“Luckily we can wear masks, and we can limit our numbers of people in the salon and we can limit how far apart the clients are,” he said.

CBC Saskatchewan’s Sam Maciag spoke with University of Regina economics professor Jason Childs about the province’s reopening plan. 3:16

“I guess the nice thing is we are both facing the same way so it’s not like there’s face-to-face action which I think could make a difference.”

He thinks some clients will choose not to return as soon as the salons reopen.

“I think there is still a lot of fear out there still so I don’t imagine we are going to be falling off our feet when we come back into work,” he said.

“But I definitely think there is a group of people that are chomping at the bit to get back in to get their hair done.”

Restaurant owners and employees face more uncertainty. Phase three of the plan has them opening at 50 per cent capacity but no date has been set.

Haley Blackmore owns a cafe and catering business called Sprout in Regina. She said it is difficult to know how customers will respond to restaurants being reopened when that does happen, particularly not knowing if case numbers could rise again.

Haley Blackmore, who owns a restaurant and catering business in Regina, says opening her business might not be worth it under the initial plan to allow opening at 50 per cent capacity. (CBC News)

She does expect some people will remain fearful, adding that it will be difficult to know if it would be worth reopening her business at that time.

“If we have to reopen but we can only have 15 customers we’re never going to have the sort of sales that can maintain our business and our costs,” she said.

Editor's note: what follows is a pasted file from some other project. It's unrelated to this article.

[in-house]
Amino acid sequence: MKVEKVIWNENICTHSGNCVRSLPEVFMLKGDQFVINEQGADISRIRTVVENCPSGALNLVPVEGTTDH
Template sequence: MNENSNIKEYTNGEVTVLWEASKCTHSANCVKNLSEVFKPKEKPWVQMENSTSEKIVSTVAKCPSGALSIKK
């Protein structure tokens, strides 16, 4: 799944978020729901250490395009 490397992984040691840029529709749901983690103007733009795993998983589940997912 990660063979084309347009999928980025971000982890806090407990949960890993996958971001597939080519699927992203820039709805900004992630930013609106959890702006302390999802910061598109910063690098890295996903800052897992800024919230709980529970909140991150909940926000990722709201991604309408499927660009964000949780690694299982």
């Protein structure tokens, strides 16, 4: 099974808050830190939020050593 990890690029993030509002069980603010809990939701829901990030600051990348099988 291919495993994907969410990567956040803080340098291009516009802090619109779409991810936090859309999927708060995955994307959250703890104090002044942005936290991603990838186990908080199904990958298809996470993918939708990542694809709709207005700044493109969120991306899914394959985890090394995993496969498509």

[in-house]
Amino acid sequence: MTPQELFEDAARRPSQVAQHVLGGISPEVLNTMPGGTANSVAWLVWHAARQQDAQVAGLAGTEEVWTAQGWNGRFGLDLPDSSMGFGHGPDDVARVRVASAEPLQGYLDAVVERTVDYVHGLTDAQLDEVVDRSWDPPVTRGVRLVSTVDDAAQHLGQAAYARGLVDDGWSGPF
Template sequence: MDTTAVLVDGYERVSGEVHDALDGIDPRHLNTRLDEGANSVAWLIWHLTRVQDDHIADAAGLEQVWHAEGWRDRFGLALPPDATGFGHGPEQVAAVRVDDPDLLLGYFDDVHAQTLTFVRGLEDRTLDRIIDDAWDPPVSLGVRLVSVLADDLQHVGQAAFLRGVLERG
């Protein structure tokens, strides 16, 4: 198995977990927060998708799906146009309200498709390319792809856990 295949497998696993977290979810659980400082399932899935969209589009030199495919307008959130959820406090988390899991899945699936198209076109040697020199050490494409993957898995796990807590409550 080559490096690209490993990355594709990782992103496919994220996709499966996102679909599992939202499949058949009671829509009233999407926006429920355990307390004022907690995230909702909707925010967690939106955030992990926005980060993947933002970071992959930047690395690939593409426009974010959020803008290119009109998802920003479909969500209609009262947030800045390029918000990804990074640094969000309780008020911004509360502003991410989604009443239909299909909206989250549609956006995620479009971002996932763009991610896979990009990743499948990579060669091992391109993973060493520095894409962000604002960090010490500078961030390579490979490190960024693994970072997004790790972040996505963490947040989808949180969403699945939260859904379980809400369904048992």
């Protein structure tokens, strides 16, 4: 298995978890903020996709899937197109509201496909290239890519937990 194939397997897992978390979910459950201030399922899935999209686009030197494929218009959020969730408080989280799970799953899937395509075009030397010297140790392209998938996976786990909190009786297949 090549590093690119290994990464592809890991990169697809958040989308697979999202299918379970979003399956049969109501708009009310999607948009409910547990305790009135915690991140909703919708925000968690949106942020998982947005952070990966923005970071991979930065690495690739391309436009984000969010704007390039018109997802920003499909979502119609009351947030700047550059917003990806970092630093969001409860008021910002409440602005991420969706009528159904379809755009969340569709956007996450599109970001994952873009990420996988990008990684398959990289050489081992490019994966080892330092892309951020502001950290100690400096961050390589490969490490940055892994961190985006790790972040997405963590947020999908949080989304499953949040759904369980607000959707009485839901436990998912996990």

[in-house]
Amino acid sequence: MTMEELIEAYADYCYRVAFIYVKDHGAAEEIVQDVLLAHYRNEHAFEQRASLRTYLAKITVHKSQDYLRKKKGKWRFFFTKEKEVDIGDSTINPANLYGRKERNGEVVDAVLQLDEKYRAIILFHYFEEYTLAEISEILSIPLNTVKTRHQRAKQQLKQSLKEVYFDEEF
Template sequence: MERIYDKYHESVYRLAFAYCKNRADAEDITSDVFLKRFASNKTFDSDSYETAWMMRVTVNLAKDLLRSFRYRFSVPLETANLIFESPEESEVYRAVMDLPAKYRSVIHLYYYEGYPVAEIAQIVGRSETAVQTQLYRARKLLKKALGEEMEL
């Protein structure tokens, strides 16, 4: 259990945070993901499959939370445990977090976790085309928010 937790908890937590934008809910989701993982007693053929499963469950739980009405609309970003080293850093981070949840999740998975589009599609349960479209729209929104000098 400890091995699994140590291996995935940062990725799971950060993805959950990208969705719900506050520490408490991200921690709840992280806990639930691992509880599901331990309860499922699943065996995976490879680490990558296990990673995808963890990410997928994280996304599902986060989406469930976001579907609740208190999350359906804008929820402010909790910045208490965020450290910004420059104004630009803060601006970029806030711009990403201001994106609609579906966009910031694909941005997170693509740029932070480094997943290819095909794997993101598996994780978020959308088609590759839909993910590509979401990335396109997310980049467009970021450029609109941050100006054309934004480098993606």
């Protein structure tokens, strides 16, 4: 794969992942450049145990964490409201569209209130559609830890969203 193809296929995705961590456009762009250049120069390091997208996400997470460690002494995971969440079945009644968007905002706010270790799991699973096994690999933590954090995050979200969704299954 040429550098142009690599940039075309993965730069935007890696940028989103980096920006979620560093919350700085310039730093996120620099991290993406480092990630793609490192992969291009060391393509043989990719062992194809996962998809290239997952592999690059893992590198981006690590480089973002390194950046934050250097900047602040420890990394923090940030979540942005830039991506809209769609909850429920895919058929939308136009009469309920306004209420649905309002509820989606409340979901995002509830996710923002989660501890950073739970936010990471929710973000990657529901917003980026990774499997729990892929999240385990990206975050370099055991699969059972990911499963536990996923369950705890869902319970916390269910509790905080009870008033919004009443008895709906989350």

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“Me and my sister own our business together and I don’t want to be at work with the public coming in all the time and putting myself and my sister at risk too. It seems a bit too early for us.”

‘I think people are ready’

Manhattan Casuals co-owner Carol Dyck said she agrees with the province’s timeline for reopening retail stores.

“Obviously the chief medical officer and the premier have put a lot of thought into this and the people working with them and they feel it’s the right day — I feel it’s the right day as well.”

Her clothing store in Saskatoon has switched to an online model and kept its employees on staff. She said the store will follow the list of hygiene regulations put in place by the province.

“I think people will be ready,” said Dyck.

“Even now [with] the nicer weather too, people are ready to get out of their houses and come shopping.”

No specific guidelines for churches

No guidelines for churches were included in the reopening plan released Thursday.

Reverend Brian Maitland, a Minister for the Knox United Church in Saskatoon, said the plan does not change anything for his church at this time.

“Whether [the] group is five people, or 15 people or 25 people the risks are there and I’m not sure that we’re out of the woods yet in terms of minimizing that risk,” said Maitland.

“So I want to be very cautious about gathering again, even in small groups.”

He said he does not think churches need their own category in terms of guidelines because they are subject to the same rules as any other gathering.

Maitland has been communicating with the church congregation through regular emails, phonecalls and videos.

With files from CBC’s Bonnie Allen and Fiona Odlum